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Not only does the Walton family fund the charter school movement - they invested in school mgt.

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Hannah Bell Donating Member (1000+ posts) Send PM | Profile | Ignore Thu Mar-19-09 06:47 AM
Original message
Not only does the Walton family fund the charter school movement - they invested in school mgt.
Edited on Thu Mar-19-09 06:52 AM by Hannah Bell
Schools for Profit

According to its 2003 IRS tax filing, the Walton Family Foundation (WFF) was the 63rd largest foundation in terms of assets ($733 plus million) and 25th largest in terms of giving ($107 million).

The WFF also concentrates on funding charter school initiatives, Educational Options Scholarship Initiatives, school improvement, and Arkansas education. Before his death, John Walton was "one of the nation's leading private individual funders of charter schools and voucher initiatives."

John Walton owned 240,000 shares of Tesseract Group Inc. (formerly known as Education Alternatives Inc.), which is a for profit company that develops/manages charter and private school as well as public schools."

The WFF provides more than $1 million to each of the following so-called school reform/choice groups: the American Education Reform Council, the Center for Education Reform, Children's Scholarship Fund, Colorado League of Charter Schools, and the Florida School Choice Fund. The Children's Educational Opportunity Foundation of America (also known as Children's First America) received $10.3 million in 2003 and $8.3 million in 2002.

The WFF has also supported the Washington, DC-based Black Alliance for Education Options (BAEO), an African Americanheaded group that "works to advertise and market the school voucher movement to African-American families" ( ). In October 2002 BAEO received a $600,000 grant from the Bush administration. "We want to change the conversation about parental choice by positively influencing individuals who are resisting parental choice options and get them to reconsider their outlook," Undersecretary of Education Gene Hickok said when he announced the grant. The Black Commentator characterized the BAEO as "the school vouchers propaganda outfit created by the far-right Bradley Foundation."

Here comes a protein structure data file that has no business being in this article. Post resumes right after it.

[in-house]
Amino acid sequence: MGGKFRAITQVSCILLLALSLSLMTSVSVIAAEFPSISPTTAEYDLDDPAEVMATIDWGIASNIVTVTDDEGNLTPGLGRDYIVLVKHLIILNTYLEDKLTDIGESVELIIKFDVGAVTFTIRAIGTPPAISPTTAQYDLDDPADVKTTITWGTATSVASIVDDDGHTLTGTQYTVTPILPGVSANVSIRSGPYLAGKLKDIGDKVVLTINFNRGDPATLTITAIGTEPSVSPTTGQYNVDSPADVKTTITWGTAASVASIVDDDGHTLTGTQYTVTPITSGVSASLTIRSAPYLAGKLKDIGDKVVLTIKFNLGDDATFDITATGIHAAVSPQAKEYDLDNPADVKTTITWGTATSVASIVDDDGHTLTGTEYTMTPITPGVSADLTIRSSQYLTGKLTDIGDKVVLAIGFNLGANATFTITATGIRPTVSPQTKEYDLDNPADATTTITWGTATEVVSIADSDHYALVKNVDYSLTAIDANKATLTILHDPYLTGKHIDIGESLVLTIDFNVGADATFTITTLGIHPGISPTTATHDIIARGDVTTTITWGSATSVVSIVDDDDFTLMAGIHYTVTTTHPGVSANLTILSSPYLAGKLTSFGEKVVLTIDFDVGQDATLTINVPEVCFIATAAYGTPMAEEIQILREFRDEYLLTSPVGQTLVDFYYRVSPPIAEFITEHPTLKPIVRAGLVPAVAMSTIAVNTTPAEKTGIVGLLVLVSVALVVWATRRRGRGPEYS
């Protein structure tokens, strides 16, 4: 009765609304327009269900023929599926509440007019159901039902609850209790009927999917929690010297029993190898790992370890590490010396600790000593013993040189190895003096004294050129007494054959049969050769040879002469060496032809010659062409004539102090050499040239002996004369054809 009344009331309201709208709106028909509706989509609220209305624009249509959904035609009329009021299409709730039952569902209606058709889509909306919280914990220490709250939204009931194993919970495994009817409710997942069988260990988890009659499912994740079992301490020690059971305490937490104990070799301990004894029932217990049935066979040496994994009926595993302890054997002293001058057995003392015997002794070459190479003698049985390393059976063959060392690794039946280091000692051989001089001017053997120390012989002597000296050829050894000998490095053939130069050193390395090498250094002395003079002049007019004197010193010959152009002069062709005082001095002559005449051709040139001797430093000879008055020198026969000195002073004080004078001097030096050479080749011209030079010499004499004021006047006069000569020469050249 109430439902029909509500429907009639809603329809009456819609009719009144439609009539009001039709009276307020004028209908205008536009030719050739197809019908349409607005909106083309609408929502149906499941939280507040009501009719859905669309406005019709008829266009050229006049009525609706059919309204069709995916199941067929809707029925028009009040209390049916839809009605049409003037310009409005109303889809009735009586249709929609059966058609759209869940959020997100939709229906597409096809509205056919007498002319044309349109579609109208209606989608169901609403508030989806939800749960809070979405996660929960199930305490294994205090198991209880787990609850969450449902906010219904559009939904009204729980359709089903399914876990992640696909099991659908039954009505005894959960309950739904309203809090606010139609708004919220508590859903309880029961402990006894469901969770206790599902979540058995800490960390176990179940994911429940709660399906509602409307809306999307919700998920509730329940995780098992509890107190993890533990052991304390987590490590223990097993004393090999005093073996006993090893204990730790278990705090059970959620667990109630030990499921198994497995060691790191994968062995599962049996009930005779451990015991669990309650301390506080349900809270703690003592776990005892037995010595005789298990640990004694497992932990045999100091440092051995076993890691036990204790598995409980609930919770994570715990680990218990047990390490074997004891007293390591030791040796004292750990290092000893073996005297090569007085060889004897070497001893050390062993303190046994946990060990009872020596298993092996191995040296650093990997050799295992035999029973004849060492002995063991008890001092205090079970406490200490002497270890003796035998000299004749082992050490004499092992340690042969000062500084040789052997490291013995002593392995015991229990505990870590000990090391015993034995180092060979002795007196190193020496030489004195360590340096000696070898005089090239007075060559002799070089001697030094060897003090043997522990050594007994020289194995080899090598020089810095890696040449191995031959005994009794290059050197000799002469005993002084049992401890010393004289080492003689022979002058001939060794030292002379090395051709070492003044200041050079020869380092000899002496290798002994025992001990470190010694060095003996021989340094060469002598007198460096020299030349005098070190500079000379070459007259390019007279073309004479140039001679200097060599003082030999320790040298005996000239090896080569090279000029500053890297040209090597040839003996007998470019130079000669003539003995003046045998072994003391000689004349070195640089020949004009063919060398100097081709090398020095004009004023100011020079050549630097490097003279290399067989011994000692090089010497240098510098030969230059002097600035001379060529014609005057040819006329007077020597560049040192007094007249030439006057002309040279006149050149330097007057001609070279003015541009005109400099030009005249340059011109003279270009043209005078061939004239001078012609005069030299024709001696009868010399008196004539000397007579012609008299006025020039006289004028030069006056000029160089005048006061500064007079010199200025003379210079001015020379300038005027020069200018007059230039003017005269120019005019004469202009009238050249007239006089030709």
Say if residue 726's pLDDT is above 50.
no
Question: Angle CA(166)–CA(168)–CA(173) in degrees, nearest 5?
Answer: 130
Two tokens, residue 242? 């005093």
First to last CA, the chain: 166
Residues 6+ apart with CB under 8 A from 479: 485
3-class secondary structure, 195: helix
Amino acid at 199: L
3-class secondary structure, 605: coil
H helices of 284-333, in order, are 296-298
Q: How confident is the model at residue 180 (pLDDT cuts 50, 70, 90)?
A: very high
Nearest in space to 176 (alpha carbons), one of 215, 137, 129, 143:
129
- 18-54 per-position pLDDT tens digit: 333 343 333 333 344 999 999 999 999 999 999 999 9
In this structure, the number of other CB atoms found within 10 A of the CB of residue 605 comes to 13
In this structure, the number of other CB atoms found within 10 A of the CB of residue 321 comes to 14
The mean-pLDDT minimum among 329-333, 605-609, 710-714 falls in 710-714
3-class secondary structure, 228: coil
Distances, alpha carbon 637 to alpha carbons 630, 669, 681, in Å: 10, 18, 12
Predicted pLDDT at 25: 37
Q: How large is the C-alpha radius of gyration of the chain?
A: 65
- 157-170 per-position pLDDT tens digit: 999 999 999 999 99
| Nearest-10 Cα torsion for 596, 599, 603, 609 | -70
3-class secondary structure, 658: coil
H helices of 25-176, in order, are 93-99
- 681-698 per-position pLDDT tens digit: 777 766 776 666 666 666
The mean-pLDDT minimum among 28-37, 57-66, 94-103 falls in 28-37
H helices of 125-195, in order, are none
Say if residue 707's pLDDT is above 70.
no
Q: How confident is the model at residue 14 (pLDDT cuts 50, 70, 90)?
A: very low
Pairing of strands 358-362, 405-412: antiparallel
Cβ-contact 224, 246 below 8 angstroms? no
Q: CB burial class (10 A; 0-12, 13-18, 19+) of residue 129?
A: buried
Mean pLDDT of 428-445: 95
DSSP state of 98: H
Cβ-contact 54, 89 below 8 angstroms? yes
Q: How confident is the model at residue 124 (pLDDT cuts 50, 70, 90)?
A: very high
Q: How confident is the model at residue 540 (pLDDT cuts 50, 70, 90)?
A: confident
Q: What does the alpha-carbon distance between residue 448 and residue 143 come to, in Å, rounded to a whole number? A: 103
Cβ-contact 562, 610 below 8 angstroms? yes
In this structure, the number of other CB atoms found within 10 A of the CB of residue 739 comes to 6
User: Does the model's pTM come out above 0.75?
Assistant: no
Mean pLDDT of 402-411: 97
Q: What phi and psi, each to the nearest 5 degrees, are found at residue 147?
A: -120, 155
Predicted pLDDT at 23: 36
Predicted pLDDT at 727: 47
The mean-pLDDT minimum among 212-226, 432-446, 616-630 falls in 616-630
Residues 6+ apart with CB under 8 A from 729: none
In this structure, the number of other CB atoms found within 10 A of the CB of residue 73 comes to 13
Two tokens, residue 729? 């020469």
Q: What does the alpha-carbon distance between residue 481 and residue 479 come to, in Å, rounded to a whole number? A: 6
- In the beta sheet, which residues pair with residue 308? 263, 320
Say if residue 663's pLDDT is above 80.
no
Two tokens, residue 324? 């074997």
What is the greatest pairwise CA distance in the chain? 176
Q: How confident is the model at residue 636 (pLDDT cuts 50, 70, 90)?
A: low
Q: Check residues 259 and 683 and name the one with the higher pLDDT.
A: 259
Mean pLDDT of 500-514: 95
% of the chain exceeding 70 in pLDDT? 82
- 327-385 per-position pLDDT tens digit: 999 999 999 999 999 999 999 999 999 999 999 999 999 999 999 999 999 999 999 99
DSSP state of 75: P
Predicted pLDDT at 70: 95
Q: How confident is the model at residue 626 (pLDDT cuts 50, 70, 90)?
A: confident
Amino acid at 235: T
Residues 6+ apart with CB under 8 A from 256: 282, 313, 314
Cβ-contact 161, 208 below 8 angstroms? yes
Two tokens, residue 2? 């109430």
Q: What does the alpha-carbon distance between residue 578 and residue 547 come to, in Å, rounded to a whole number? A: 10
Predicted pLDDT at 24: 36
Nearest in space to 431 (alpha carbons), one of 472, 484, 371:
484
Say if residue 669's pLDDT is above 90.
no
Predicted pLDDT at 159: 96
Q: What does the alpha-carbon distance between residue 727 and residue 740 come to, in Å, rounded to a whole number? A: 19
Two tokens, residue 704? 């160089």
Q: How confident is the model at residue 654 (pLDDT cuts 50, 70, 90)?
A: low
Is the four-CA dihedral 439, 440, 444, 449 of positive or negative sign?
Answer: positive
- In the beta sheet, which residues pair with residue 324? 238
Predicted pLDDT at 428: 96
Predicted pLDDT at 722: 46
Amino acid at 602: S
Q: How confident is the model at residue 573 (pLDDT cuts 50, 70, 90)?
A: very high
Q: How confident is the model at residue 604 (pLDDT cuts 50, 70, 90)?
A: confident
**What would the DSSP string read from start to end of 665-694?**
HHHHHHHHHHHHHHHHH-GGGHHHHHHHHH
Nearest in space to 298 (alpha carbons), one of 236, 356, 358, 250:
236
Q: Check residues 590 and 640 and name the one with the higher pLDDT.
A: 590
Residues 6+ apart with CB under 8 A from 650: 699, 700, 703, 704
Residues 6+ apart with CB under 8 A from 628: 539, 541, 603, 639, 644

In addition to its support for the "school reform" movement, the WFF "funds pro-voucher think tanks like the Goldwater Institute and the Manhattan Institute for Policy Research." In a short piece, titled "John Walton and the Walton Family Foundation," People for the American Way point out, "On the legislative front, John Walton personally contributed $2 million to the failed 2000 Michigan voucher initiative as well as $250,000 to California's Prop 174 in 1993, another unsuccessful voucher initiative. Walton also bankrolled the California effort through his American Education Reform Foundation, as well as an unsuccessful 1997 voucher campaign in Minnesota."

Certainly, Walton is putting his money where his mouth is. Last April, he ponied up $50 million to help Theodore J. Forstmann kick off the national Children's Scholarship Fund. Modeled on other private voucher efforts that Walton and Forstmann have backed, the fund drew 1.25 million applications from families around the country for 40,000 four-year scholarships that allow poor children to attend private elementary schools.